Linda Callahan, who cheerfully acknowledges she is known as the 'crazy gourd lady,' is a native of Camp Verde, Arizona. She is married to her best friend of 44 years, Butch, and they have two children, three grandchildren, and two great-grandchildren.
Linda started working with gourds three years ago because she grew them in her yard and didn't know what to do with them. She researched gourd work and developed her own style. She incorporates old western leather, horses, and wildlife into her work.
Gourds are a vining plant. It takes approximately a year to dry the gourds. Then they have to be washed and cleaned before they can be used. Linda starts out with a raw dried gourd and works on it for anywhere between 15 and 100 hours.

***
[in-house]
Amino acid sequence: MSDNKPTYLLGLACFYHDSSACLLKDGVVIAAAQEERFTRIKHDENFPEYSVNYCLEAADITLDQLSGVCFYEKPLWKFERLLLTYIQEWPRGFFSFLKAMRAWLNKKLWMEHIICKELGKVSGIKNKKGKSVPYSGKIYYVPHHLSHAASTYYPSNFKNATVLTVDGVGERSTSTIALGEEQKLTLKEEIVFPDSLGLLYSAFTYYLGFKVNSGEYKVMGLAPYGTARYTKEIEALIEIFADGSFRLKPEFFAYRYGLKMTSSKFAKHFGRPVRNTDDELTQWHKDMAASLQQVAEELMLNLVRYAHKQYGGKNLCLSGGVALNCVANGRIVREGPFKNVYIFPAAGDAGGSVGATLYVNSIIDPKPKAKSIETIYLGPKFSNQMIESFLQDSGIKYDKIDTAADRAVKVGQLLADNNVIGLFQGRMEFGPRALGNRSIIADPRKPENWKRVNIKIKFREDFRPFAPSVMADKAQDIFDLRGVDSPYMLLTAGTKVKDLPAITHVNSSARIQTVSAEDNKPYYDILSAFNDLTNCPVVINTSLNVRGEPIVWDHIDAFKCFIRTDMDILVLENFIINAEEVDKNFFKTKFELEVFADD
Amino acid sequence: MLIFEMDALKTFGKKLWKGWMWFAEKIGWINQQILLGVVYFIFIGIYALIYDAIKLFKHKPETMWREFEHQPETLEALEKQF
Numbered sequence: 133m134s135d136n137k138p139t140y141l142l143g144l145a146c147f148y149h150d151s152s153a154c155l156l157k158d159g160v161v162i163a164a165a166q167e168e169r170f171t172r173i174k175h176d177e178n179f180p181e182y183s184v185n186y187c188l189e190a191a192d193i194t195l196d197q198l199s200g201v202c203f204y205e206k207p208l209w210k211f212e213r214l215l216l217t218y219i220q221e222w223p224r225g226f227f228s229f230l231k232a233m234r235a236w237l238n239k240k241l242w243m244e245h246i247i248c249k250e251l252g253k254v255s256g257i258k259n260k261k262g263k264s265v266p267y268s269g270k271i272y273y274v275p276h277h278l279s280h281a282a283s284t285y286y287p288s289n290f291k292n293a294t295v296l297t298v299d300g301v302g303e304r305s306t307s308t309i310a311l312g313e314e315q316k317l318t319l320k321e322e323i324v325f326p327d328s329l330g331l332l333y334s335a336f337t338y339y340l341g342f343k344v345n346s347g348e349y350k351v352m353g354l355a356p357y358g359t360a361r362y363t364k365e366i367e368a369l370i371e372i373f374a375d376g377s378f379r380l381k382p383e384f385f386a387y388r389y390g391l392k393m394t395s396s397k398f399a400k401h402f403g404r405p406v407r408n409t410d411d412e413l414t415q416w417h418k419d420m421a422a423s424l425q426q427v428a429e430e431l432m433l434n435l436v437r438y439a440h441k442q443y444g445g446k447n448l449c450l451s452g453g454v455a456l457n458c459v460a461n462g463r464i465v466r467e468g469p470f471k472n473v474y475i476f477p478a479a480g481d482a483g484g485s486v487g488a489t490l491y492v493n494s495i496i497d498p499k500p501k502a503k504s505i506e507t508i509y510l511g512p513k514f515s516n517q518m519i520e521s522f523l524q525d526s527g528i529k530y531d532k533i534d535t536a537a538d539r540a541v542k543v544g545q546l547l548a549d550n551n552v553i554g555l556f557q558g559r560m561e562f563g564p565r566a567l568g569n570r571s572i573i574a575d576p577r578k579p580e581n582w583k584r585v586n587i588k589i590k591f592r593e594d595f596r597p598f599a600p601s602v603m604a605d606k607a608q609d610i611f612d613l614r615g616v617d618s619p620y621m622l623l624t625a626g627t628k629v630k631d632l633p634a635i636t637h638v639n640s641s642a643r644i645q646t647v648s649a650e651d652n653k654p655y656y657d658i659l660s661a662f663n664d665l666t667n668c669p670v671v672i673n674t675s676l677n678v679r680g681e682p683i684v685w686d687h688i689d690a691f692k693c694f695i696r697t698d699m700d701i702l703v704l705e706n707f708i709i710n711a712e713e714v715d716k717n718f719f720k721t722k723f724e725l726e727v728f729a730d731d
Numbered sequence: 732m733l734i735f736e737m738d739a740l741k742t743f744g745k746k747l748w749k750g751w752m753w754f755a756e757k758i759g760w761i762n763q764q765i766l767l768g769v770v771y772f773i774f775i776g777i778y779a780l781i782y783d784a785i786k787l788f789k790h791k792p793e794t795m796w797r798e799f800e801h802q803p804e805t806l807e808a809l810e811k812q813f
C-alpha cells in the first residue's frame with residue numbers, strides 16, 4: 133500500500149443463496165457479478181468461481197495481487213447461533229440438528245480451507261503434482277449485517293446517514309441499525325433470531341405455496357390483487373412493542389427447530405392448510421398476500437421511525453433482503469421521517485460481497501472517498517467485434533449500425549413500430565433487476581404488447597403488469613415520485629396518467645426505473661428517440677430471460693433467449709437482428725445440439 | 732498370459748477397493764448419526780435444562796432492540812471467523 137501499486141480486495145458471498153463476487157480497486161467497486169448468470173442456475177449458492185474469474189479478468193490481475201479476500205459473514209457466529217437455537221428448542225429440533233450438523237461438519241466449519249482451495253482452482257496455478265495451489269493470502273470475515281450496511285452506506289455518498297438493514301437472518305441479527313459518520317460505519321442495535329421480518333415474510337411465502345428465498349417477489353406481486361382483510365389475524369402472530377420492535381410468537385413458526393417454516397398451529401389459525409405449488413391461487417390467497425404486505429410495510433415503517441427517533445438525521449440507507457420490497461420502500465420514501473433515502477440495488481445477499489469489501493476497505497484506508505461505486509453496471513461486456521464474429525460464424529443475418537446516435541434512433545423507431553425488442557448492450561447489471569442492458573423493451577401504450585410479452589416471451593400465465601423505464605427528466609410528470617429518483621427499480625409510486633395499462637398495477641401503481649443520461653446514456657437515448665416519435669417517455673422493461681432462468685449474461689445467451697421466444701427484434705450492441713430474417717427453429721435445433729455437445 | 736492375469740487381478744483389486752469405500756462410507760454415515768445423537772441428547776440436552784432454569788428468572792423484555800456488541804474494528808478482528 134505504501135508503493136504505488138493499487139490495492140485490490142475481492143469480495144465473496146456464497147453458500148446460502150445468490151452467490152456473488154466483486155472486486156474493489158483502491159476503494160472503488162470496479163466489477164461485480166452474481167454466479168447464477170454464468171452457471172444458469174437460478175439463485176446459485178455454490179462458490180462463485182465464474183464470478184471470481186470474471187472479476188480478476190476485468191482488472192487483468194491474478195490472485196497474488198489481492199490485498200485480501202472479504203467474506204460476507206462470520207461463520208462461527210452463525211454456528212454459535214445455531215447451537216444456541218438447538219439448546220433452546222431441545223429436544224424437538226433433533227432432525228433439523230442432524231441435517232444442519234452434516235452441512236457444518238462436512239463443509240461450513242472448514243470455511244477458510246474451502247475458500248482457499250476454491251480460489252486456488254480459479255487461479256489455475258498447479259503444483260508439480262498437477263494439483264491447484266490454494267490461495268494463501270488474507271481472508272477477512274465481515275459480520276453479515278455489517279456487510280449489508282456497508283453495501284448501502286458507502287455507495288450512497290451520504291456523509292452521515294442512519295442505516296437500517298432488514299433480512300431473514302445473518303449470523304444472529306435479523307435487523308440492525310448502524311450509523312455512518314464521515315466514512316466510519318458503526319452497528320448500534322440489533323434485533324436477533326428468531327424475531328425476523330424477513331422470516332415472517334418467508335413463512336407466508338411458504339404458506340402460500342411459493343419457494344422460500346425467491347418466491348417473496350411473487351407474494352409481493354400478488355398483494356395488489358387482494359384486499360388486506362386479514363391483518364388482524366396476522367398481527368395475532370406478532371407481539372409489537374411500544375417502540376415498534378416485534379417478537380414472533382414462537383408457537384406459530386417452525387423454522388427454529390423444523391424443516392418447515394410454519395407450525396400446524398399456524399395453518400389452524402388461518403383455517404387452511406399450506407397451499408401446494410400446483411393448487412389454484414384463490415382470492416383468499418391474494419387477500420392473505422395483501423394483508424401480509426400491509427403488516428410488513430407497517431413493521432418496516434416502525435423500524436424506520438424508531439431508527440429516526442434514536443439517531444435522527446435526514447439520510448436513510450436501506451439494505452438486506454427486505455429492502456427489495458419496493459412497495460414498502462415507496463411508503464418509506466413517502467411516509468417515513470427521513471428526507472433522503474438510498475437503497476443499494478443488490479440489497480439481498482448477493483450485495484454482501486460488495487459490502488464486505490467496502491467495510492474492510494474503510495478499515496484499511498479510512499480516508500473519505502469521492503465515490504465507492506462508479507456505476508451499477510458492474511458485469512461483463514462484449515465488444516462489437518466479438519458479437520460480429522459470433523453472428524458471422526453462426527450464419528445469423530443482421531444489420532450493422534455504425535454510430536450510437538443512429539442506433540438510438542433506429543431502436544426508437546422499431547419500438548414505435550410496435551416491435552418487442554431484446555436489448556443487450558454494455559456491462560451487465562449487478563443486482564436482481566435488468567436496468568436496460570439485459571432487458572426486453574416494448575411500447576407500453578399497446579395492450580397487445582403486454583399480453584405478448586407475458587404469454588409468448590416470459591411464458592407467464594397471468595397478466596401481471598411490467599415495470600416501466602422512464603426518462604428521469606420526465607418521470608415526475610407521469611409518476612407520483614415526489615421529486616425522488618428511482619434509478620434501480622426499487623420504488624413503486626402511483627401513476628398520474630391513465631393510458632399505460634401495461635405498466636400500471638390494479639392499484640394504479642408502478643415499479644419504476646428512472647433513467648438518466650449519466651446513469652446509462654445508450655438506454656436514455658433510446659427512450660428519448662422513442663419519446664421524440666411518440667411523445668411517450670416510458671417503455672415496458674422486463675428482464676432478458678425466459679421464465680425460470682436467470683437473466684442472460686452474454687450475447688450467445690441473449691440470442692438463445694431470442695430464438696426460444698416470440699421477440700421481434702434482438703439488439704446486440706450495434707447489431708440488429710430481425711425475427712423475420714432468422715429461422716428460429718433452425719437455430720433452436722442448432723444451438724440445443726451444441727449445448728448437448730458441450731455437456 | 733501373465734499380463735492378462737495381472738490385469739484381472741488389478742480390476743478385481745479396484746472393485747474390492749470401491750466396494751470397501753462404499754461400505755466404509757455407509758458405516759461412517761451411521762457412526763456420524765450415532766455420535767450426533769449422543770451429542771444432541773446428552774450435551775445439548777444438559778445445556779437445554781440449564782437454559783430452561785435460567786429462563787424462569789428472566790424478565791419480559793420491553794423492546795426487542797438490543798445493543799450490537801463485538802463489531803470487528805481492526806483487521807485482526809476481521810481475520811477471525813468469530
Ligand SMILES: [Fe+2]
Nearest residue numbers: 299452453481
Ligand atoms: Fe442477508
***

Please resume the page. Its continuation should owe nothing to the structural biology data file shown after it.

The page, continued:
Gourds have been used for centuries for utilitarian purposes (bowls, scoops, storage bins, etc.). Archaeologists have found gourds that are thousands of years old. Artists have also been using gourds for years due to their versatility. They can be cut, carved, painted and wood burned. Gourds will last for years.